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I'm writing a custom iterator for a Matrix class, and I want to implement the increment method, which gets called when the iterator is incremented:

void MatrixIterator::increment()
{
    // go to the next element
}

Suppose the iterator has been incremented too many times and now points to past the end of the matrix (i.e. past the one-past-the-end point). What is the best practice for this situation? Should I catch this with an assert, or should I just say it's the user's responsibility to keep track of where the iterator is pointing and it's none of my business?

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5 Answers 5

up vote 4 down vote accepted

You can assert, but in general you are not required to do anything. C++ iterators are not supposed to catch errors. E.g. STL iterators don't do that.

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+1. Nobody is ever required to assert anything… but this is the classic case where you should if you can. –  Potatoswatter Apr 24 '10 at 23:30
    
What about checked implementations of the STL? All decent STL implementations have checked/debug versions which do assert when you increment past end. –  AshleysBrain Apr 25 '10 at 1:44
    
GCC doesn't seem to have. So it's not a decent implementation? –  UncleBens Apr 25 '10 at 10:02

You don't have to handle it at all. If an iterator has been incremented past container::end(), then that invokes undefined behavior. Even if it crashes, that's still legal according to STL semantics.

EDIT: Put another way:
[S]hould I just say it's the user's responsibility to keep track of where the iterator is pointing and it's none of my business?
Yes.

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Why the downvote? –  Billy ONeal Apr 25 '10 at 0:14

You don't have to do anything, but it can be really helpful to assert there. Anyone using your code who increments an iterator past the end has a bug. If you do nothing, you probably invoke undefined behavior, which can include the program appearing to work correctly, but crashing under rare and difficult circumstances. That's nasty. If you assert, developers using your code can find problems much more easily.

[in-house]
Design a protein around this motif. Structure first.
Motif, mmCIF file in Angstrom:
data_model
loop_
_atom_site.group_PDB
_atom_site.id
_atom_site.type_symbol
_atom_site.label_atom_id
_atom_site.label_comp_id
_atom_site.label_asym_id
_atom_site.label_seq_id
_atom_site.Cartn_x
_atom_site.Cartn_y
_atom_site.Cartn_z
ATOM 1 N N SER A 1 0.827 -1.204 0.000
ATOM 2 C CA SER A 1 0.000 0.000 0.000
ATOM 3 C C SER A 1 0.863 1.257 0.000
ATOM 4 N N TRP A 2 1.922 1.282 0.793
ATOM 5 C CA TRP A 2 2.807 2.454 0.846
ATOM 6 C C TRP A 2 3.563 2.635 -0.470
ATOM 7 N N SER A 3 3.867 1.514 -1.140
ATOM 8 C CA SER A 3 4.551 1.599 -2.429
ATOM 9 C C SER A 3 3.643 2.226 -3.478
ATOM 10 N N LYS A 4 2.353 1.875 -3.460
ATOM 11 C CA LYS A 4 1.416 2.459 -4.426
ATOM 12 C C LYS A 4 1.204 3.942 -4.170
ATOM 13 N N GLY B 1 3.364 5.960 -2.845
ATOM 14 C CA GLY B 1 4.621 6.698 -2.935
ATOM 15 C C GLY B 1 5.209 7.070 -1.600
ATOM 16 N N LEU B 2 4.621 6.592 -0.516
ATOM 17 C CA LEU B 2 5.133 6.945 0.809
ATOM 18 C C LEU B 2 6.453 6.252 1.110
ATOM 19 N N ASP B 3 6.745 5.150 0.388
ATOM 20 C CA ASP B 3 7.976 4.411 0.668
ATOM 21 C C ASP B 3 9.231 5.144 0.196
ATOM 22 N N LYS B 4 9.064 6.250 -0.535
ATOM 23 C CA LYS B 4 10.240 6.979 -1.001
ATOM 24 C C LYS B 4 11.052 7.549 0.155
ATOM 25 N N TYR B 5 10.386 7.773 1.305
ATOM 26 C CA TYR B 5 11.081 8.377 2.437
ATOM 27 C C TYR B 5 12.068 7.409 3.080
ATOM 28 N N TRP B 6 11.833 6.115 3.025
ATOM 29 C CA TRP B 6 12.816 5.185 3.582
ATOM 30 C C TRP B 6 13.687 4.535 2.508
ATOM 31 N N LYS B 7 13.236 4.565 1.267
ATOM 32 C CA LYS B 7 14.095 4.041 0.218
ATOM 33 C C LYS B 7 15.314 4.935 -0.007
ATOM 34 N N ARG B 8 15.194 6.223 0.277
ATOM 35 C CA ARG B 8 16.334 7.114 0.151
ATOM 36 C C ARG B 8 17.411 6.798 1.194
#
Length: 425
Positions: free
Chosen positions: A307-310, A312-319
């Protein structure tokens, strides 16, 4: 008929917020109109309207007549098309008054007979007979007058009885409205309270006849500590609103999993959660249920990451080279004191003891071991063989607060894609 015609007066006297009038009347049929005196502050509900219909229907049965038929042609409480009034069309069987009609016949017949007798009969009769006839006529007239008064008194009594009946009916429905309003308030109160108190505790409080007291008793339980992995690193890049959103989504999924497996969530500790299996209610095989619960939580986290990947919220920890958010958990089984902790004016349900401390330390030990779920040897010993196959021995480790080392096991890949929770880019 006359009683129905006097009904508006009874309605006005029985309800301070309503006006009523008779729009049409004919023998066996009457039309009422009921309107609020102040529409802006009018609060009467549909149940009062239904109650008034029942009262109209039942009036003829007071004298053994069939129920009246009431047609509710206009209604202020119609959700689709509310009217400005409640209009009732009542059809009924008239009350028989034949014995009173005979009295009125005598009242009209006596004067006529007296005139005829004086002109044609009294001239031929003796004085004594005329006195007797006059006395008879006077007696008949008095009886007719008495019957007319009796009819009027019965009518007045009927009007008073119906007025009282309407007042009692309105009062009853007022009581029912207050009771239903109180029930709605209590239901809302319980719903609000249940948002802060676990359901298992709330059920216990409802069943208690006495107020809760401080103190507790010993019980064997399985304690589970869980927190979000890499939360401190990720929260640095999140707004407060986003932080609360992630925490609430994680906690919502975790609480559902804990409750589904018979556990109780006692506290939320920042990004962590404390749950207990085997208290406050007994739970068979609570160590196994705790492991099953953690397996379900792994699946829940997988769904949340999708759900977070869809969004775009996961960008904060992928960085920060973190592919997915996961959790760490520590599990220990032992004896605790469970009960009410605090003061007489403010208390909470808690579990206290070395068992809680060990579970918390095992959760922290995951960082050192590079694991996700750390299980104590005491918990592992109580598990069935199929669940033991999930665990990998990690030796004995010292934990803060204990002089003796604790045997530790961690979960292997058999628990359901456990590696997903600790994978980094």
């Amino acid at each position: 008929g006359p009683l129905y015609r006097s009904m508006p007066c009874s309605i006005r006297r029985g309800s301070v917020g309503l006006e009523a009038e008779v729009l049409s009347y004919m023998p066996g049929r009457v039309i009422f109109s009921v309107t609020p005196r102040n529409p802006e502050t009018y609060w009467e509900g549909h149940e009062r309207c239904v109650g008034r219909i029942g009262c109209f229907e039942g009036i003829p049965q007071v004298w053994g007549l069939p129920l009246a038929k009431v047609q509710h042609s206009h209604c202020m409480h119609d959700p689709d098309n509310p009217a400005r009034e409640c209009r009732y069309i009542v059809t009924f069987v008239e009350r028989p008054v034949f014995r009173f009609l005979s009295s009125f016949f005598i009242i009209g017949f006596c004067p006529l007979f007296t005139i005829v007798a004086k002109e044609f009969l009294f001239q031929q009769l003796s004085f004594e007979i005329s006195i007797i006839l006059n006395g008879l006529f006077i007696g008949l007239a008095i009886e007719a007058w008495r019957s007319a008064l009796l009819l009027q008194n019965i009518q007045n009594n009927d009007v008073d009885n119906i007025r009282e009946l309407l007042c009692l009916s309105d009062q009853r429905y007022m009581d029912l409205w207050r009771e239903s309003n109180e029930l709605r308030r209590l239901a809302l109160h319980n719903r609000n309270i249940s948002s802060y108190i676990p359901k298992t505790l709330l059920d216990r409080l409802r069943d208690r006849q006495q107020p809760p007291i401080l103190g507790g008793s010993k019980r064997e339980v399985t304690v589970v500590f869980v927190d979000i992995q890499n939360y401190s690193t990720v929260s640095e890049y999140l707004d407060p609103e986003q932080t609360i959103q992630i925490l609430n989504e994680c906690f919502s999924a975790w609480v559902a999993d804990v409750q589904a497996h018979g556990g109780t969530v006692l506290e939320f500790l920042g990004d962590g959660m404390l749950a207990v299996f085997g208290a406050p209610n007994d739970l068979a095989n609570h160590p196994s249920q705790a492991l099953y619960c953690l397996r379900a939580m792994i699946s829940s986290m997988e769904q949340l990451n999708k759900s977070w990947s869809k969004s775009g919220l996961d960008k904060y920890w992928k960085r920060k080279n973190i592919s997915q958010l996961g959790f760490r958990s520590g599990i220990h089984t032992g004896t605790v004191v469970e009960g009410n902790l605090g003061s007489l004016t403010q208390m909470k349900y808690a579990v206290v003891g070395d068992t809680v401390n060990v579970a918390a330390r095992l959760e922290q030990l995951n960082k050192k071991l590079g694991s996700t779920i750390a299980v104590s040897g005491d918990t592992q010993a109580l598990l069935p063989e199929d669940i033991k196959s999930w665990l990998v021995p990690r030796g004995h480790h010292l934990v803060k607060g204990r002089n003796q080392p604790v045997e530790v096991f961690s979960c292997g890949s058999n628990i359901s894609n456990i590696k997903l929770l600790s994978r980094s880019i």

Note that most major compilers provide checked (or debug) versions of the STL, which includes asserting when you increment iterators past end, use invalidated iterators, etc. This is really helpful since you get debug asserts instead of undefined behavior in these cases, and it all compiles out of release builds. While you're allowed to not care, and the STL authors are allowed to not care, it's very helpful to put those diagnostics in.

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Are you sure your matrix class actually has to have an iterator? The best practice when coding matrixes, as far as I know, is overloading operator () so that it works as double indexer and leaving it at this stage.

Still, if you want to, then leave it as it is / put an assert. Generally speaking, the second variant is not necessary, but this is how it's done in STL. I'm pretty sure you've seen asserts in MSVS shouting iterator not dereferencable...

edit Looks like it's the place where I f*cked up. There is no assert in STL when an iterator overcomes the end and the not dereferencable assert is located in the other place...

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@Kotti: But the standard does not require that the compiler or STL implementation complain. It'd be just as valid a response to format the user's hard disk. –  Billy ONeal Apr 24 '10 at 23:31

Typically when a C++ iterator moves beyond the end of the container the value of the iterator is set to a value that equals the value returned by end().

So

iterator++;
if ( iterator == container.end() )
{
   // break from loop
}

By the looks of it, end can be any value you want.

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where is this sort of functionality implemented? –  Vlad the Impala Apr 24 '10 at 23:52
    
I am/was assuming that you were using STL, since you used the word iterator. end() is implemented in the iterator itself. –  Gregor Brandt Apr 25 '10 at 3:37

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